Nonprofit loses first round in fight with N.C. over third-party solar power sales
The North Carolina Utilities Commission ruled against a nonprofit that installed solar panels on the roof of a Greensboro church and sold it the power, saying the project violates the state's private monopoly utility system.
Last June, the Durham-based climate watchdog group NC WARN began selling electricity to Faith Community Church, a largely African-American congregation in Greensboro, to recoup the cost of the 5.2 kilowatt photovoltaic system it had installed there. At the same time, NC WARN asked the NCUC for a declaratory ruling to clarify state policy on third-party sales. The group argues it wasn't acting as a utility but rather providing no-money-down financing for the church's purchase of the panels.
The ruling came down on April 15. It stated:
NC WARN's electric sales to the public (the Church) is impermissible due to the fact that the Church is located within a service area that has been assigned exclusively to Duke. … NC WARN knowingly entered into a contract to sell electricity in a franchised area and sold electricity without prior permission from the commission subjecting itself to sanctions.
Last October, Duke Energy submitted a filing with the NCUC asking regulators to issue a cease and desist order against NC WARN, writing that the group's "blatant disregard for the law and this Commission's authority should not be condoned." It also called on the NCUC to impose stiff civil penalties of up to $1,000 for every day the group sold power to the church.
In the end, the NCUC imposed a smaller fine of $200 a day — a total of about $60,000 — and said it would suspend the fine if the group stops selling power and meets other conditions.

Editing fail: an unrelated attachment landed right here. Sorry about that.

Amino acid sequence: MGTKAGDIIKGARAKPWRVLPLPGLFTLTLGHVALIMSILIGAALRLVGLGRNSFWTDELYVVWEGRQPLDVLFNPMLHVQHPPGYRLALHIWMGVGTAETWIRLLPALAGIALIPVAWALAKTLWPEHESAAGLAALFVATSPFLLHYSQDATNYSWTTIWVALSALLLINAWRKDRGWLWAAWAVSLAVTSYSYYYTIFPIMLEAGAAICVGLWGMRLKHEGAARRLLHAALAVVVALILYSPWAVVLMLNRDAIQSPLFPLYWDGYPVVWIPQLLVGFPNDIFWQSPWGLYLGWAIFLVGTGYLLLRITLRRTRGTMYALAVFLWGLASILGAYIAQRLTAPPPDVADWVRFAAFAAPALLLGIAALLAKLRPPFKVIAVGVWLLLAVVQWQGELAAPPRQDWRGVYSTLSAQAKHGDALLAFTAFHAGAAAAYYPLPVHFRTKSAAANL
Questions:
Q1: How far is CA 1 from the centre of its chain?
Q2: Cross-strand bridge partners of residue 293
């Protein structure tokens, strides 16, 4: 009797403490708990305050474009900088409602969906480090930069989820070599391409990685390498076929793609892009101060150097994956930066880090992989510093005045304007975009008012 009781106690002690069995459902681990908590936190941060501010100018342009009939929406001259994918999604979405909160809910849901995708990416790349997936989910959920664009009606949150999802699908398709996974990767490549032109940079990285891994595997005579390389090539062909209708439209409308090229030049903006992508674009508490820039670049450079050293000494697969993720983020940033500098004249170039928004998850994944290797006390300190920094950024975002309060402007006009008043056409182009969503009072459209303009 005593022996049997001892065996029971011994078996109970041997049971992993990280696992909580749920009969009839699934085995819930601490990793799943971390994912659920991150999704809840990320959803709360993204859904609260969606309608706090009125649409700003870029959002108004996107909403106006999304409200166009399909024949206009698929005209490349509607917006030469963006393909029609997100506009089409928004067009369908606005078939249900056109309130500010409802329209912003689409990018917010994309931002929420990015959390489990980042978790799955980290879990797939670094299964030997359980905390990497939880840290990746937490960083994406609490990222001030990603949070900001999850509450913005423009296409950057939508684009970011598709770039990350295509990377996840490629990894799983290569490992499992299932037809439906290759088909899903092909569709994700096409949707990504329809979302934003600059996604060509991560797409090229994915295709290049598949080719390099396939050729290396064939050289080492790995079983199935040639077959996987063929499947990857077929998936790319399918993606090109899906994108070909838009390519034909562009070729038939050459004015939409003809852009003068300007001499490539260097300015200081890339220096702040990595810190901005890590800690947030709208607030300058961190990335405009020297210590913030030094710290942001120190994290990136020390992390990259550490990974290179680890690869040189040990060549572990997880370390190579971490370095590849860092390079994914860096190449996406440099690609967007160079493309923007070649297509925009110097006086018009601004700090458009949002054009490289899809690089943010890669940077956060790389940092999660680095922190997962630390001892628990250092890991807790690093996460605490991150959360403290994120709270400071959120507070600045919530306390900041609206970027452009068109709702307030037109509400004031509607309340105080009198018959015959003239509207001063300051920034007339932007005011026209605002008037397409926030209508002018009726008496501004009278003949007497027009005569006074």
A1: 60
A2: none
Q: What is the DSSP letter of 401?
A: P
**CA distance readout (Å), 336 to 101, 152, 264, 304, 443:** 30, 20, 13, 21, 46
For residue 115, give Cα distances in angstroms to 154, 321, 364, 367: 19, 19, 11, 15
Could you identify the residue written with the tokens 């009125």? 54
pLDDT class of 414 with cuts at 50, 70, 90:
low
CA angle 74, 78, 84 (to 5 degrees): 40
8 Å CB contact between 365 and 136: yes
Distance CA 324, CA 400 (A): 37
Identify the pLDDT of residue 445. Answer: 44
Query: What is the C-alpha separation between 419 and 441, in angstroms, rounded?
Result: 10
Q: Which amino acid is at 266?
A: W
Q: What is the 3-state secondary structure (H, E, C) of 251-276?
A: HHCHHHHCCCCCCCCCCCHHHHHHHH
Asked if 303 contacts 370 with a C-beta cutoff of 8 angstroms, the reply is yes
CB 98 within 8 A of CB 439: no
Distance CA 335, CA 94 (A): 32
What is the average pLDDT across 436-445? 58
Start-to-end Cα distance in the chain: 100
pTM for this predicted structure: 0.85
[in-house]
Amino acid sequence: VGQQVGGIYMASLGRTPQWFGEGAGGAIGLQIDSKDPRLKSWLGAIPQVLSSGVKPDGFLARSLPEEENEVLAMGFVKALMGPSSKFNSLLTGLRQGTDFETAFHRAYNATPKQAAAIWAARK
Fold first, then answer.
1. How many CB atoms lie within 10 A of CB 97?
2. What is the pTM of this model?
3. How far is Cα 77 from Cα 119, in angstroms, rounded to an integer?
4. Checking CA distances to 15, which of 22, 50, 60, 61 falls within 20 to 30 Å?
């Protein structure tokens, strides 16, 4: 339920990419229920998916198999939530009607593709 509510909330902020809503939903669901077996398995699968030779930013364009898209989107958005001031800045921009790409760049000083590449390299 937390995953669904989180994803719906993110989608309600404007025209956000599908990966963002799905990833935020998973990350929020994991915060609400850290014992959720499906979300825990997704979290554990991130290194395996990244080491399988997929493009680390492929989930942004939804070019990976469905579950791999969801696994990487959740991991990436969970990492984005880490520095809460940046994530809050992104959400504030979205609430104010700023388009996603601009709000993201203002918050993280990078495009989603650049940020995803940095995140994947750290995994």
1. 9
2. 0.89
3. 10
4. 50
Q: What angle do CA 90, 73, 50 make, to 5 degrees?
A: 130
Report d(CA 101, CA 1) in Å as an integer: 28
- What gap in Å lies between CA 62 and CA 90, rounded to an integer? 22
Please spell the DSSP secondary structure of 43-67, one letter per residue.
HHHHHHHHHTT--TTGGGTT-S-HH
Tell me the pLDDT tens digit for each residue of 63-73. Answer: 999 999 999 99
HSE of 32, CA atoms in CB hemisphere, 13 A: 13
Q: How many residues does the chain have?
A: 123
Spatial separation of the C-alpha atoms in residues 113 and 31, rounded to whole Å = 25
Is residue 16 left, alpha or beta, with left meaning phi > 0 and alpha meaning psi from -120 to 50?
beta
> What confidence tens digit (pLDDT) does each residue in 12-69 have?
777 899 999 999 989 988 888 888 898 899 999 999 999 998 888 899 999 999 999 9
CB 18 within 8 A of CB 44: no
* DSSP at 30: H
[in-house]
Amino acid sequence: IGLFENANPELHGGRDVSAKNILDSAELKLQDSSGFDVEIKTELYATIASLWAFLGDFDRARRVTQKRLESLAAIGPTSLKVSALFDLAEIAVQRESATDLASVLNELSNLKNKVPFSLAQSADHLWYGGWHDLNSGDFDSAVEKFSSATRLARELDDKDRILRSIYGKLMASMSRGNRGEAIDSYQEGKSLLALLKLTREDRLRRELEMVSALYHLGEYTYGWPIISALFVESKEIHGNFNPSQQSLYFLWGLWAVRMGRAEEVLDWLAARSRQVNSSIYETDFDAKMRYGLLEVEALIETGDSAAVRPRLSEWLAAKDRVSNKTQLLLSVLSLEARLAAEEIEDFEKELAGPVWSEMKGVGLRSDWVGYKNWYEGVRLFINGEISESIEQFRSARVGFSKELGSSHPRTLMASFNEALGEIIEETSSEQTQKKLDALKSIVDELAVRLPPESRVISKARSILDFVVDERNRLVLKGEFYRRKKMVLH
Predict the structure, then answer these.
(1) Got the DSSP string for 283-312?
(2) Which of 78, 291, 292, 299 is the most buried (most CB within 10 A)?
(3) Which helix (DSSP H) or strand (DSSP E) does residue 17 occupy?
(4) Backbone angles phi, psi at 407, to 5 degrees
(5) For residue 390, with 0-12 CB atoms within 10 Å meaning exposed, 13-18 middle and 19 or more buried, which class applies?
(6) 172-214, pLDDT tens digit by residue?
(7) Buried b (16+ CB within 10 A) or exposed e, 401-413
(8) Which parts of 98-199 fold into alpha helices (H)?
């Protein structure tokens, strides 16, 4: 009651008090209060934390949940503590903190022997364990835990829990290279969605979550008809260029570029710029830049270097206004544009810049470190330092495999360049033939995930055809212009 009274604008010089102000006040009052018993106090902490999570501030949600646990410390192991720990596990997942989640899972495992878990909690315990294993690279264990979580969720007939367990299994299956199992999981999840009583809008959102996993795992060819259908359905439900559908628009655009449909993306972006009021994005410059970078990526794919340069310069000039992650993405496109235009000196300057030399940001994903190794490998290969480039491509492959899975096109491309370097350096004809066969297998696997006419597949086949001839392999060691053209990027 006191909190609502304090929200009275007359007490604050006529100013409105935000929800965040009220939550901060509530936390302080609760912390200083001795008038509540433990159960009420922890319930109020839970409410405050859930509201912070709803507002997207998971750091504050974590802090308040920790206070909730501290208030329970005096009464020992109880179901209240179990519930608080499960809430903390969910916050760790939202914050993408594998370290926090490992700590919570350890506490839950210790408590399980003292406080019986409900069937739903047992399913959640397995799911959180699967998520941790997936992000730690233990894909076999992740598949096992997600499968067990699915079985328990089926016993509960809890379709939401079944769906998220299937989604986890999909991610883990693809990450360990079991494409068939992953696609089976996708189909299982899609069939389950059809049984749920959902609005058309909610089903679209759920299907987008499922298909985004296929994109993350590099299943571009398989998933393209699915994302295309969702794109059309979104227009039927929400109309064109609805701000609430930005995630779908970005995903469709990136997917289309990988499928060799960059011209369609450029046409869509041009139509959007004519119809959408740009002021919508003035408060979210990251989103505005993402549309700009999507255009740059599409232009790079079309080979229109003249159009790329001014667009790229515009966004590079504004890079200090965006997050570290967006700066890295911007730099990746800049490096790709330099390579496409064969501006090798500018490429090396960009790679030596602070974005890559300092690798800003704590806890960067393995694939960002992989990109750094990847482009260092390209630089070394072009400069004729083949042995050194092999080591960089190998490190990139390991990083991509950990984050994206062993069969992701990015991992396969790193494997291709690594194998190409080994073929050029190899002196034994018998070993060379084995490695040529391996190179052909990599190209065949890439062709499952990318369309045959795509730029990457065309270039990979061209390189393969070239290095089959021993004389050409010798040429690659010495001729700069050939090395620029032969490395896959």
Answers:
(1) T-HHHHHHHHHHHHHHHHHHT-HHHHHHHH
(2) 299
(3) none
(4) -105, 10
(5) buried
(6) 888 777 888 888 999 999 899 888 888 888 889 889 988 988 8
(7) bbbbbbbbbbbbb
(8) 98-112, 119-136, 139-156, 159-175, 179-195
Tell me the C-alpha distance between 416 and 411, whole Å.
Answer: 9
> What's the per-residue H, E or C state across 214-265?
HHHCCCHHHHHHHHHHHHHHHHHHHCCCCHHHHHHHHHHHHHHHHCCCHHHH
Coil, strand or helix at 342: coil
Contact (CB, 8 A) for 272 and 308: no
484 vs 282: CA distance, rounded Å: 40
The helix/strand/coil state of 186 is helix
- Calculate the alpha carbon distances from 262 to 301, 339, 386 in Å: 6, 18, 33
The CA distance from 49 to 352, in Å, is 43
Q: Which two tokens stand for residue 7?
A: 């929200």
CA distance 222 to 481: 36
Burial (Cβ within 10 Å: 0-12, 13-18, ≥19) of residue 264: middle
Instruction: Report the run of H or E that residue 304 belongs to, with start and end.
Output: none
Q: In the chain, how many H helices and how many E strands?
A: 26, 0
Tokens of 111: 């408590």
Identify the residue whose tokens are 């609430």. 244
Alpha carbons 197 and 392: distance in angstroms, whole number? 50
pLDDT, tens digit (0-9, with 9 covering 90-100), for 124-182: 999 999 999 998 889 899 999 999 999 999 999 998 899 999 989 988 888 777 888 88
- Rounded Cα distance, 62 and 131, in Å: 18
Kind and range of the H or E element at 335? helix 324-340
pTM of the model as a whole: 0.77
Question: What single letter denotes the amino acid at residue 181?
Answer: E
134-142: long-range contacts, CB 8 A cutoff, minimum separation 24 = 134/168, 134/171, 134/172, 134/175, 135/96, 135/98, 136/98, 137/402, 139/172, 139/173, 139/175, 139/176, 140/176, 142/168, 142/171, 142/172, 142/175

But NC WARN says it plans to keep fighting.
"This case is going to court," said Executive Director Jim Warren. "In other states, regulators or courts have agreed that third-party financing of rooftop solar is permissible and in the public interest."
Besides North Carolina, the other states where third parties are still banned from selling electricity directly to customers are Florida, Kentucky and Oklahoma. A bill to allow third-party financing in North Carolina was introduced in the legislature last year but died in committee.
Georgia and South Carolina recently revised their laws to allow third-party sales, but an initiative to put third-party solar sales on the ballot in Florida this year failed to get enough signatures.
Formally supporting NC WARN in its case were the nonprofit climate action group N.C. Interfaith Power & Light, represented by the Southern Environmental Law Center, as well as the Energy Freedom Coalition of America and the N.C. Sustainable Energy Association, which represent the solar power industry. A number of faith, environmental and other groups also offered informal support.
Sue is the editorial director of Facing South and the Institute for Southern Studies.